“Our students went from doing their planned work on campus this spring to recognizing a need to help others in the face of the pandemic,” said Leslie Martin, faculty director of UMW’s Center for Community Engagement. “The ethos of civic responsibility has really taken root, and they’re finding new ways to support their neighbors even in situations of such uncertainty.” Read more.

Quarantine Can’t Quash UMW’s Spirit of Service

Maria Rhoads was worried when COVID-19 first hit. But the UMW senior decided fear shouldn’t stop her from serving her community. “I’m low risk as a young person,” said Rhoads, whose first task as a Medical Reserve Corps volunteer was assisting with safety and sanitation at a local voting precinct. “Because of everything that’s happening […]

Eagles Fly High During Virtual Awards Ceremony

University of Mary Washington senior Nehemia Abel received the Grace Mann Launch Award during the annual Eagle Awards ceremony, presented virtually Friday evening. This event honors student leaders and outstanding campus organizations. New this year was the James Farmer Defining A Legacy Award. As one of the emcees for the video awards ceremony, Brianna “Breezy” […]

Virtual 2020 Eagle Awards Ceremony on Friday April 24th

A global pandemic won’t stop UMW from recognizing its student leaders. Staff and students from Student Activities and Engagement (SAE), the Center for Community Engagement, and the James Farmer Multicultural Center (JFMC) announced that they will be holding a virtual Eagle Awards Ceremony on Friday April 24th at 5pm via a video on the SAE YouTube Channel. 

“The Eagle Awards are an important way to recognize the hard work of our students outside of the classroom as they lead clubs, work with other organizations, and coordinate with other students to carry out events and activities,” shared Crystal Rawls, Assistant Director of SAE. “We wanted to make sure we could recognize the accomplishments of our students.”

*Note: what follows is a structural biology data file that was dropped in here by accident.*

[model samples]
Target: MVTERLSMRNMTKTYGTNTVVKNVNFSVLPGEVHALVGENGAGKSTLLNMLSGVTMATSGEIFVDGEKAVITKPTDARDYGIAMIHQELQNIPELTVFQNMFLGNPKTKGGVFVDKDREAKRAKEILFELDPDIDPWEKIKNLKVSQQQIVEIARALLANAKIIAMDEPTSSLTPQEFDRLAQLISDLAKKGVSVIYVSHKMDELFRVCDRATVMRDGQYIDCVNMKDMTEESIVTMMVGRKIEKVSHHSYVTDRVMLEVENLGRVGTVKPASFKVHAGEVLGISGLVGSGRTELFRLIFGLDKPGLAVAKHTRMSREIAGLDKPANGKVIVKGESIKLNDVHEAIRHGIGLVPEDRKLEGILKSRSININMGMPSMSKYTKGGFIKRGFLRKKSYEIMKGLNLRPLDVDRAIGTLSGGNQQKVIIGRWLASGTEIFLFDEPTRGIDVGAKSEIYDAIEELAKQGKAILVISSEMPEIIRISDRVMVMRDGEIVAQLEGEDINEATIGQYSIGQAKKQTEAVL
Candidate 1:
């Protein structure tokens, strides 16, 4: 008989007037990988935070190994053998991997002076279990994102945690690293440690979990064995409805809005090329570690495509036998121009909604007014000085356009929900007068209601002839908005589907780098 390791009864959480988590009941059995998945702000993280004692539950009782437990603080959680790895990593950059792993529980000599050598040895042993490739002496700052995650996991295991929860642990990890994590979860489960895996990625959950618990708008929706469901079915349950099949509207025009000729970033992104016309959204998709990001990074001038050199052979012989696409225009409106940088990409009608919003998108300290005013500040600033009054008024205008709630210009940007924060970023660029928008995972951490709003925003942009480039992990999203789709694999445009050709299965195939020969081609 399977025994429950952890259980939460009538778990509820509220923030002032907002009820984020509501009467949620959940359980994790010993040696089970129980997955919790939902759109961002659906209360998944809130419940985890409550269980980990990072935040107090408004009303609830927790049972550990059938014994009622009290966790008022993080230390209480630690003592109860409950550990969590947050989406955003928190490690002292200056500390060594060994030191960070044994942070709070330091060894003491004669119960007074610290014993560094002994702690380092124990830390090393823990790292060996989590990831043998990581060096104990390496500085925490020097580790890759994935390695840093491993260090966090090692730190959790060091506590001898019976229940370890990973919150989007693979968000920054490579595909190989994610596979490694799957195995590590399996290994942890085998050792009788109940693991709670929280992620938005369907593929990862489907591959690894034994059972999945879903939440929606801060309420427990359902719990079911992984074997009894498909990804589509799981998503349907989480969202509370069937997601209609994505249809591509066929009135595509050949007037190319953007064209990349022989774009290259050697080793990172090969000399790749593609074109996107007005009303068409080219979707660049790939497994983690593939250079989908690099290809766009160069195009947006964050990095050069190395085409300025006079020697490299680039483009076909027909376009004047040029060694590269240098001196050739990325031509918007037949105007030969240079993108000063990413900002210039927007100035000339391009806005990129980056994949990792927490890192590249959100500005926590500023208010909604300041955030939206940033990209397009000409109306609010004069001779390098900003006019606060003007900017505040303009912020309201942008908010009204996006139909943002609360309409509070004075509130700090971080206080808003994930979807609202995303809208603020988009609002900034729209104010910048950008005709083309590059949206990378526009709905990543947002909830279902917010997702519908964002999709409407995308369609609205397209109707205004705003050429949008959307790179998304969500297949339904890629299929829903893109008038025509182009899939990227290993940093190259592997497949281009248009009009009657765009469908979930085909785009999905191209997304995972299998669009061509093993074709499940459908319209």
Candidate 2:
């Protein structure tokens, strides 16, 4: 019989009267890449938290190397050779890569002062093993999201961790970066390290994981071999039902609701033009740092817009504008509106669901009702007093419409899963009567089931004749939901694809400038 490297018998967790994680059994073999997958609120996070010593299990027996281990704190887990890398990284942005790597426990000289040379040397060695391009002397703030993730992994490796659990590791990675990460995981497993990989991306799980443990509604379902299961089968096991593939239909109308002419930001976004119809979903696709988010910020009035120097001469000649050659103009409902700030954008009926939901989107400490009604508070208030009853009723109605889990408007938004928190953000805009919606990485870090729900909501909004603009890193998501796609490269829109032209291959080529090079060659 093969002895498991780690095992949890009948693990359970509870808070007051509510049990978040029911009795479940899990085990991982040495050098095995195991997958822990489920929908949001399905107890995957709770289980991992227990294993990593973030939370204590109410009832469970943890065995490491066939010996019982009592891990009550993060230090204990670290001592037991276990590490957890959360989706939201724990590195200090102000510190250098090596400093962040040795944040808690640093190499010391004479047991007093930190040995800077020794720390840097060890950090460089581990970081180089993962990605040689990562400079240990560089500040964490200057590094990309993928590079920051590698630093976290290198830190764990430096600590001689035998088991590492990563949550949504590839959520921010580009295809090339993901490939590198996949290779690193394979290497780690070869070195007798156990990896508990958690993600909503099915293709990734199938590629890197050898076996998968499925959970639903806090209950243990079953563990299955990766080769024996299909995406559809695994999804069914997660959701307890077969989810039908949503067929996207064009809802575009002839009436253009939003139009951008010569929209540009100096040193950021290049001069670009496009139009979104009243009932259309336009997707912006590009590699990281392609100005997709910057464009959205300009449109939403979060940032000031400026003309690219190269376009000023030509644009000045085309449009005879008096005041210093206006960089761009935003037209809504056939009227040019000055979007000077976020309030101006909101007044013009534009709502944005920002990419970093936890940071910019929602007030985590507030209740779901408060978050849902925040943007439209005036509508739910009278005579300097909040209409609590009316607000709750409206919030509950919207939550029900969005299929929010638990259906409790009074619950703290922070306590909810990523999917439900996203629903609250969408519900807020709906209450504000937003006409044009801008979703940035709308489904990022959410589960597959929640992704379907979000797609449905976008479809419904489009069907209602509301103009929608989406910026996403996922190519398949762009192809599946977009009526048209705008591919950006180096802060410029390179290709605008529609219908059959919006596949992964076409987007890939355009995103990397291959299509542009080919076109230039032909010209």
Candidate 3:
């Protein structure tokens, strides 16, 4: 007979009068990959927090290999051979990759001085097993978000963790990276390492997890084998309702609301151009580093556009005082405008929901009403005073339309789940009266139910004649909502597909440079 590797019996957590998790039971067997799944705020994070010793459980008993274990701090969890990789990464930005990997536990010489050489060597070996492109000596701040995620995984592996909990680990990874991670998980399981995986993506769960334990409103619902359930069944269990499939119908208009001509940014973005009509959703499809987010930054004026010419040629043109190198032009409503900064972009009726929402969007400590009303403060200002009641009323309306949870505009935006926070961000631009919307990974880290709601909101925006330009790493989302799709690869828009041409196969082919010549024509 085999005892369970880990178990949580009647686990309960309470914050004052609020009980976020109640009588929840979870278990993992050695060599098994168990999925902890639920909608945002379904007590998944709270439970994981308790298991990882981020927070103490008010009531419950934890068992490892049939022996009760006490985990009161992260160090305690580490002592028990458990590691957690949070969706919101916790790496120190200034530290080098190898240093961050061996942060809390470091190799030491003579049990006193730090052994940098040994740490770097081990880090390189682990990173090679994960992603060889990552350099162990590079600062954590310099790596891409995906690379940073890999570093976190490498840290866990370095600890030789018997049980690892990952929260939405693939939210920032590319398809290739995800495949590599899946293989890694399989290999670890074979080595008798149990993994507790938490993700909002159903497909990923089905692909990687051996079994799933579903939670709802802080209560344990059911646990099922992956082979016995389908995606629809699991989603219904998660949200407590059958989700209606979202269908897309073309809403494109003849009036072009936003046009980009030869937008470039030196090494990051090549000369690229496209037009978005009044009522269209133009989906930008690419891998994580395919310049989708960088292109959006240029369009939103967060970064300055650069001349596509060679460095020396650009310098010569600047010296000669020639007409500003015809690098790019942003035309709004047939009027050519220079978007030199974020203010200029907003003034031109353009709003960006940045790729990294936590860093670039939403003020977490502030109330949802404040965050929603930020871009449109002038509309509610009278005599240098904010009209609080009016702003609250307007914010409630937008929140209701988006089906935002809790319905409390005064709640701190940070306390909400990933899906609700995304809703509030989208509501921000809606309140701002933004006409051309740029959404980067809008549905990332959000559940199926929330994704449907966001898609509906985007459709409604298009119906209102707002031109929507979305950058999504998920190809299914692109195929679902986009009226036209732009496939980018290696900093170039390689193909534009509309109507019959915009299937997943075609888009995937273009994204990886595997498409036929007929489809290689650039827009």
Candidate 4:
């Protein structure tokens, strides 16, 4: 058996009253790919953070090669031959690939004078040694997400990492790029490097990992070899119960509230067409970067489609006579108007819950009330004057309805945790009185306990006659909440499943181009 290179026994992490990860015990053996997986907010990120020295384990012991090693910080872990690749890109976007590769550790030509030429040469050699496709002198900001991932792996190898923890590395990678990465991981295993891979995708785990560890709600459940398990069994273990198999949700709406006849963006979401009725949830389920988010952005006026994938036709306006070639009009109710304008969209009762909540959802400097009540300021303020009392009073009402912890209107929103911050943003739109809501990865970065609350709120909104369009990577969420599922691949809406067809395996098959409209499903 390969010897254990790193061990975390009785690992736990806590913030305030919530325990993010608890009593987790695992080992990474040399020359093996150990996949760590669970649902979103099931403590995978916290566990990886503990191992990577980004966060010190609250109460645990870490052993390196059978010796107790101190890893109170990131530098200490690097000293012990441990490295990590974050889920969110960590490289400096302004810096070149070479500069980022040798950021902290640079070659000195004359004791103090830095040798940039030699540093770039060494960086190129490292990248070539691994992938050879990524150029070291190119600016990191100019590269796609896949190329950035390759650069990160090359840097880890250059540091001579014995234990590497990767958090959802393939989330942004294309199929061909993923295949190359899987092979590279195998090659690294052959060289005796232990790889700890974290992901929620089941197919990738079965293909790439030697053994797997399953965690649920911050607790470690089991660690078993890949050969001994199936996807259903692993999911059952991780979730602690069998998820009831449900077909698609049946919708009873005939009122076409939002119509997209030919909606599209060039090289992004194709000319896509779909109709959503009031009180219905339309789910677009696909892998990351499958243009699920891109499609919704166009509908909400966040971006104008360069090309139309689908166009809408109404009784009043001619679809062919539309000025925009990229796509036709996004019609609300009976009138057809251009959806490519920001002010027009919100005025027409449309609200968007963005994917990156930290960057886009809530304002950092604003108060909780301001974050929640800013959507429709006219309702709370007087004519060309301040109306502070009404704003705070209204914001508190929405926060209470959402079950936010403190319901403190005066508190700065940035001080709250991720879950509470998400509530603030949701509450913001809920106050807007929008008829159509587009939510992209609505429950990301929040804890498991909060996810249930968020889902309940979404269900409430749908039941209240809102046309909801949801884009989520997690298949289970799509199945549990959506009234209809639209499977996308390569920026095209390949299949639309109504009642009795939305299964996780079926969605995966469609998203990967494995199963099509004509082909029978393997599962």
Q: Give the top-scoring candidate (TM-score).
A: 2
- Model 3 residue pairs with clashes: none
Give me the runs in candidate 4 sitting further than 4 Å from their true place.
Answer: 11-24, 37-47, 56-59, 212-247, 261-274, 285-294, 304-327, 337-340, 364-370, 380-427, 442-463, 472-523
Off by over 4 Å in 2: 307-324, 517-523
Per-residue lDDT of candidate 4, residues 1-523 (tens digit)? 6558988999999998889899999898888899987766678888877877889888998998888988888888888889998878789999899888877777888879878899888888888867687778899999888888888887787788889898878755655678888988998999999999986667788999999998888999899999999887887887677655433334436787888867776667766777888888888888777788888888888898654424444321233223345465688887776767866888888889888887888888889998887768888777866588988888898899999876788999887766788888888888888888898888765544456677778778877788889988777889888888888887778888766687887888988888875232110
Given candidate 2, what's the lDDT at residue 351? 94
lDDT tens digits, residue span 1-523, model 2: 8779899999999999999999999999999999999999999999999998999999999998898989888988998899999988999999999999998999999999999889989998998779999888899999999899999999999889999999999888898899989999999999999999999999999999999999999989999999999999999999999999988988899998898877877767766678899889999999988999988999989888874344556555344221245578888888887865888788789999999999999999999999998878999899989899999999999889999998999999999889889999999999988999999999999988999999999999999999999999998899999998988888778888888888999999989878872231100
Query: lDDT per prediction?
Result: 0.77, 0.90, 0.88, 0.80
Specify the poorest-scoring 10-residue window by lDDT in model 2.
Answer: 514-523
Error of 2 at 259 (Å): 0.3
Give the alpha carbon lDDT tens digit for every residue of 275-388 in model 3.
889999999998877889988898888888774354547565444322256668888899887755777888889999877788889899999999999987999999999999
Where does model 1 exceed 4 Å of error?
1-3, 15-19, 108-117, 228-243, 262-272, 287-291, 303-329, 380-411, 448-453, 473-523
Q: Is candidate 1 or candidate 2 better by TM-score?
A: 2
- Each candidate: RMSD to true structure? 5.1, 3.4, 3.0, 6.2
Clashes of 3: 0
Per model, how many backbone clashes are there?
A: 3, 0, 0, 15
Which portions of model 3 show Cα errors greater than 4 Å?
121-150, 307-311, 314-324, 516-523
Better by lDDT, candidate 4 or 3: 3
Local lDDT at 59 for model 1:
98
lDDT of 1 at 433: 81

The 2020 Eagle Awards video will feature quotes from the faculty, staff, and students who submitted winning nominations. Students Breezy Reeves and Kyree Ford will be MCs. Among the awards being announced will be the Grace Mann Launch award, recognizing a graduating senior who is active in promoting social justice, equality, and positive social change.

“Now is an important time to share the story of our impressive UMW students,” stated Sarah Dewees, Associate Director of the Center for Community Engagement. “The Eagle Awards recognize student commitment to student life, social justice, diversity, and community engagement. Now is a great time to showcase the ways in which UMW students are models of responsible leadership, service to others, and engaged citizenship in a global and diverse society.”